Thank you Oga . . . !!!!

Lesotho Times - - Scrutator -

Iam tak­ing a break from lo­cal pol­i­tics and con­fin­ing my­self to for­eign af­fairs this week mainly be­cause africa is on the march. Never in my wildest dreams had I an­tic­i­pated that Nige­ria, of all coun­tries, could con­vene free and fair elec­tions and achieve a smooth trans­fer of power. af­ter our own suc­cess­ful elec­tions in our tiny en­clave we dare call a coun­try, we can safely say the con­ti­nent is on a roll.

I hope the strangely named Good­luck Jonathan got a call from our own very Cy­clone Tom and Size Two to re­spect the will of the peo­ple.

If that hap­pened, then we are in­deed trend­set­ters de­spite be­ing a measly en­clave of only two mil­lion, 100 times less than Nige­ria’s gar­gan­tuan pop­u­la­tion.

Nige­ria is tra­di­tion­ally a place where all the un­think­able things hap­pen. My only visit to that coun­try was very re­veal­ing. My col­leagues and I had to pay bribes to get our own lug­gage at the air­port in La­gos.

We had checked in our bags at O.R. Tambo to fly to La­gos in the now de­funct Vir­gin Nige­ria, the air­line founded by Richard Bran­son, be­fore the flam­boy­ant busi­ness­men fled Nige­ria’s can­cer­ous cor­rup­tion and closed the air­line.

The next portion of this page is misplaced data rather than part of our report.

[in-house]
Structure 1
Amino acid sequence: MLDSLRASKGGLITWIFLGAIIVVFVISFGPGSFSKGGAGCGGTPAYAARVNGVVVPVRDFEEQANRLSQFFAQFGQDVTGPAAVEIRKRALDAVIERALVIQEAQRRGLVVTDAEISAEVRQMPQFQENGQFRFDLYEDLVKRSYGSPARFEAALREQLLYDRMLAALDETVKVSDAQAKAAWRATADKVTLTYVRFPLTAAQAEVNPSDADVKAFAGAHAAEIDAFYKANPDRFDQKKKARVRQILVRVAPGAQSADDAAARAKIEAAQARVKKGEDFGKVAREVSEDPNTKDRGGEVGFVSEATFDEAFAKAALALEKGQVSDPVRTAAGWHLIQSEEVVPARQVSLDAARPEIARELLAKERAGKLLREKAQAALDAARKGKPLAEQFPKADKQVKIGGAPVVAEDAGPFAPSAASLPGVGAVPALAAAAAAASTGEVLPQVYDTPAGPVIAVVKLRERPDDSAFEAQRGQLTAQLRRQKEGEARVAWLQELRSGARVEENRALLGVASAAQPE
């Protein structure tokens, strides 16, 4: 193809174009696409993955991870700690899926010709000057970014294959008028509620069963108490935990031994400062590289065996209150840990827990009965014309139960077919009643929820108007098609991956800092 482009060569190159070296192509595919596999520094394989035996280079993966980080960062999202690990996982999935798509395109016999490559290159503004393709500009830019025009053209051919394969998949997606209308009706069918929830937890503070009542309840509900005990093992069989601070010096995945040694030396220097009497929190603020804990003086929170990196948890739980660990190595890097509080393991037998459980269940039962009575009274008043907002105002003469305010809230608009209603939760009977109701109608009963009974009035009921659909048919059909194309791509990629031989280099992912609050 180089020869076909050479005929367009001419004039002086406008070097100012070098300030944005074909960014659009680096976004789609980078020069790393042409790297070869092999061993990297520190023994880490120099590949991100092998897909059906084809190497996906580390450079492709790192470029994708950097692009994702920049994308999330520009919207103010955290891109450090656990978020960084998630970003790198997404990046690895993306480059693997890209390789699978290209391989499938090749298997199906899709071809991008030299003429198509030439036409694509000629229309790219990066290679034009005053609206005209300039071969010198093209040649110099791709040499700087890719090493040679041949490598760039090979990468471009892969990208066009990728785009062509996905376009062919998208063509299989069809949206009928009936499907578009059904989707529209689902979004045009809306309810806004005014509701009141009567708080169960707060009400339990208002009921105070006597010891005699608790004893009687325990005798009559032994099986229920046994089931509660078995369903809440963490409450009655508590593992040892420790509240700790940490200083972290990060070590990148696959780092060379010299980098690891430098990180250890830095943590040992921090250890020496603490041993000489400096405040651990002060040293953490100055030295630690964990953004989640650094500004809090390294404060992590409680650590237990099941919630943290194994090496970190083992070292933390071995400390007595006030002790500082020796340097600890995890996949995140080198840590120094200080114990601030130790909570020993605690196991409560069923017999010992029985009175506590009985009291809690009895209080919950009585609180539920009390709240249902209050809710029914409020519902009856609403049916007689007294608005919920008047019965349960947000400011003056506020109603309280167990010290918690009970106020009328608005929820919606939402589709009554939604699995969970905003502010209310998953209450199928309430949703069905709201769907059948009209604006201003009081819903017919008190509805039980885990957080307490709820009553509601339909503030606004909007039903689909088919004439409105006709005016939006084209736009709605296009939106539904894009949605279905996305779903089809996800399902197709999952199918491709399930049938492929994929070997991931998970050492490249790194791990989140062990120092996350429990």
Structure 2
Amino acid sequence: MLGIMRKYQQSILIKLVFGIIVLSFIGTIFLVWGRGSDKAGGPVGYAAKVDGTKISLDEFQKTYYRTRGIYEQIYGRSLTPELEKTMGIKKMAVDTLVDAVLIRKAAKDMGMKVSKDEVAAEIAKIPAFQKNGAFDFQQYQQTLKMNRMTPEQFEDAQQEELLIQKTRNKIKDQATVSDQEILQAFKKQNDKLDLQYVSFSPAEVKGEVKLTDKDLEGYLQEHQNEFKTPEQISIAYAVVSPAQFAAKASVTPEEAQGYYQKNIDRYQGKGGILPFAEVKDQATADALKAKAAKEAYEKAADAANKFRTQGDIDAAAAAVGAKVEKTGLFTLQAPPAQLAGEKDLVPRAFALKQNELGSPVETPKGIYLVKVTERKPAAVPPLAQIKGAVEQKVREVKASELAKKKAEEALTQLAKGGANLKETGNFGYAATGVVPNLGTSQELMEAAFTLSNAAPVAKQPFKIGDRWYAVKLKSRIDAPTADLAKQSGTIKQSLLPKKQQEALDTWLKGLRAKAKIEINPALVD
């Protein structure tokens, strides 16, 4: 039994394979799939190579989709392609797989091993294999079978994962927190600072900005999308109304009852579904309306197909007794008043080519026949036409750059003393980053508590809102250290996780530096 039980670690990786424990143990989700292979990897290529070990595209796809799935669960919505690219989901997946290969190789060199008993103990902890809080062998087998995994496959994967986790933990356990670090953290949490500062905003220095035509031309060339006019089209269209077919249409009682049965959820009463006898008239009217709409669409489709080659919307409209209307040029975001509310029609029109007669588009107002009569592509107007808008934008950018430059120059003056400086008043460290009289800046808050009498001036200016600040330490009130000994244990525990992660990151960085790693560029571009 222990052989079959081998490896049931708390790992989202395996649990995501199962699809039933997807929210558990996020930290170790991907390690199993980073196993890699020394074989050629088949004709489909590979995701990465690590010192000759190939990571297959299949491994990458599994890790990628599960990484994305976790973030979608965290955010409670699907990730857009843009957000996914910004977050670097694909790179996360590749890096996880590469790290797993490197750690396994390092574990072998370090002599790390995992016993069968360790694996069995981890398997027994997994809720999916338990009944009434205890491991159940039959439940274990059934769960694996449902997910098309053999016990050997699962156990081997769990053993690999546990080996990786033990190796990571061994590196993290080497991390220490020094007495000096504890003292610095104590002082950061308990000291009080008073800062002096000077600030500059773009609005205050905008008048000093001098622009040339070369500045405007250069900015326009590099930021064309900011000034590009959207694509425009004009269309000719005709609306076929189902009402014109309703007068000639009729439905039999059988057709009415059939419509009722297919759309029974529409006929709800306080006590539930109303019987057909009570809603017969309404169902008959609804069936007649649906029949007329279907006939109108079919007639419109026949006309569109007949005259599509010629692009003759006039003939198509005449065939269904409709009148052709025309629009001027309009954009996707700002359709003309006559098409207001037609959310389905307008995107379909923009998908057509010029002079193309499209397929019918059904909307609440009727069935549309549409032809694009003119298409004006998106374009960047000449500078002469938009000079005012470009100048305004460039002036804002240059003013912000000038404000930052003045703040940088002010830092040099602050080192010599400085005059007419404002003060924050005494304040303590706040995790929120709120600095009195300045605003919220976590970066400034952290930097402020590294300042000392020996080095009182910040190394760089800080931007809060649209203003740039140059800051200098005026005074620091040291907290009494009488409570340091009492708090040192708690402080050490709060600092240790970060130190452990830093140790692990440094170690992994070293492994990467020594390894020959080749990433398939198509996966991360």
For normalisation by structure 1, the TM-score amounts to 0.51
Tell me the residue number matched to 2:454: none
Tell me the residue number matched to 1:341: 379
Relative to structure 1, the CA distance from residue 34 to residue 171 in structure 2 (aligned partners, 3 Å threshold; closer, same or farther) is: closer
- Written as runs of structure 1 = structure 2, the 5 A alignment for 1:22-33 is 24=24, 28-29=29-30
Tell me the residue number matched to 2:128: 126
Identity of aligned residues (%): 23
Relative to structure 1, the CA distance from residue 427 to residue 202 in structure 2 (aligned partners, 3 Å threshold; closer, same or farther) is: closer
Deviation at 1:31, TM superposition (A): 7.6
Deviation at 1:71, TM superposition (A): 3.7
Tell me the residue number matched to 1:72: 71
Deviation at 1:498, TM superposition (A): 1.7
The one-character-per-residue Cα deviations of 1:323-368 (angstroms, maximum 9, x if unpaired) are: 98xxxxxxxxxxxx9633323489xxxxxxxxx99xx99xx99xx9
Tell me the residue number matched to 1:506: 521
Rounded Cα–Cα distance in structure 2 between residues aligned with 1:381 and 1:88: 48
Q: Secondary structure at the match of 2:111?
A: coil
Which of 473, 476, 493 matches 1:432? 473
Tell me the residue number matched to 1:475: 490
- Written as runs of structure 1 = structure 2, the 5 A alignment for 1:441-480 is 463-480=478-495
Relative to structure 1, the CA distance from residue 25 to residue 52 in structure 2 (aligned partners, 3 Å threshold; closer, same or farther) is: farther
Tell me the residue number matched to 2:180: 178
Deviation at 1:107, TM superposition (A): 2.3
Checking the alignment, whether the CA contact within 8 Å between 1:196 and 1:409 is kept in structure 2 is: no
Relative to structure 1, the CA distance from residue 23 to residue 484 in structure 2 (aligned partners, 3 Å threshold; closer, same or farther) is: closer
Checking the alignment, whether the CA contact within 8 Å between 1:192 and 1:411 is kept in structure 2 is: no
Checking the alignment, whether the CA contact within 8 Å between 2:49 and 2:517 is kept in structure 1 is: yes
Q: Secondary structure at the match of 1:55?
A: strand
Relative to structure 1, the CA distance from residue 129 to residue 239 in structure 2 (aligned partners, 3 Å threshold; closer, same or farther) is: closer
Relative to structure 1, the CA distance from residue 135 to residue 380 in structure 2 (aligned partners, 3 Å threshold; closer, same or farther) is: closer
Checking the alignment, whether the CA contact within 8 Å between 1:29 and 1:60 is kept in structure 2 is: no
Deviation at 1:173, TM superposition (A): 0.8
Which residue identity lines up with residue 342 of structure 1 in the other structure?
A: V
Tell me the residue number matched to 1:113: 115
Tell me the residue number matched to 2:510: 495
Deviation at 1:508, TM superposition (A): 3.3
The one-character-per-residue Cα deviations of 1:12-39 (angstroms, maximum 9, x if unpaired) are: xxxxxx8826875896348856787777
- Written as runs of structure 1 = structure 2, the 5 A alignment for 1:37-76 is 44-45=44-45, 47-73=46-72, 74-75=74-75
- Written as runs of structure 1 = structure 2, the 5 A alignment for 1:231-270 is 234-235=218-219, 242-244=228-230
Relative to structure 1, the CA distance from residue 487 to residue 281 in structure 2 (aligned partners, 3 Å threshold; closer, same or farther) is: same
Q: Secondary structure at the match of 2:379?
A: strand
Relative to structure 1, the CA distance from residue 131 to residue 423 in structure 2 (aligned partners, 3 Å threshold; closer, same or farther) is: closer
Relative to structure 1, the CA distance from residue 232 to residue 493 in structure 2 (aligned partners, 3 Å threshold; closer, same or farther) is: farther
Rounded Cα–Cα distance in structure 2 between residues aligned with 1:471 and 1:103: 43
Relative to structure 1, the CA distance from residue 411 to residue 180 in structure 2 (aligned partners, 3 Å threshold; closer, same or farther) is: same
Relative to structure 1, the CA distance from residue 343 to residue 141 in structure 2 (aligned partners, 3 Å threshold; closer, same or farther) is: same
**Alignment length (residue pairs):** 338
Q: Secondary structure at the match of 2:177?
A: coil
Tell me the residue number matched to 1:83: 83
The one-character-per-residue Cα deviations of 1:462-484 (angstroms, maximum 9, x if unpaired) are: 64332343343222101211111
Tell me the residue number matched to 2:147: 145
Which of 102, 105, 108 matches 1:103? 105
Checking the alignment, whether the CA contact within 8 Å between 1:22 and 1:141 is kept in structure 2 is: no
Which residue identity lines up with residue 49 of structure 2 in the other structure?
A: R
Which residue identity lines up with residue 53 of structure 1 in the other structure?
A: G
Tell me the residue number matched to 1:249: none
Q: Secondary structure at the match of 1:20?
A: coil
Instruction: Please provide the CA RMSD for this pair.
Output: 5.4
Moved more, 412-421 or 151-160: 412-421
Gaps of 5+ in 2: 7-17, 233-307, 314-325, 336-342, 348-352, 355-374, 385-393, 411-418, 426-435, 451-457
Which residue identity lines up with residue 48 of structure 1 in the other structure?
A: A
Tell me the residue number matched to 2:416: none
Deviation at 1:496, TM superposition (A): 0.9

We had in­deed con­firmed at the board­ing gate that our lug­gage was in. It’s some­thing I al­ways do.

But upon ar­rival in La­gos, and af­ter all the im­mi­gra­tion and cus­toms for­mal­i­ties, we did not get our bags on the lug­gage carousel. It re­mains a mys­tery to me that only my suit­case and those of my four col­leagues from Namibia, Swazi­land and South Africa were miss­ing.

af­ter wait­ing for close to two hours in the boil­ing di­lap­i­dated so called mur­tala mo­hammed in­ter­na­tional air­port, a man from the Nige­rian cus­toms depart­ment ush­ered us into a dim room to in­form us that our bags had been left in Kigali, Rwanda.

We were all dumb­founded. We stared at each other speech­less. This had been a di­rect flight from O.R. Tambo and we had not made any stopover in Kigali. There was also no chance that the plane could have mys­te­ri­ously opened its rear doors to drop our bags in flight to the ex­clu­sion of all oth­ers. We ex­plained this fact to the cus­toms man, who had re­fused to give us his name.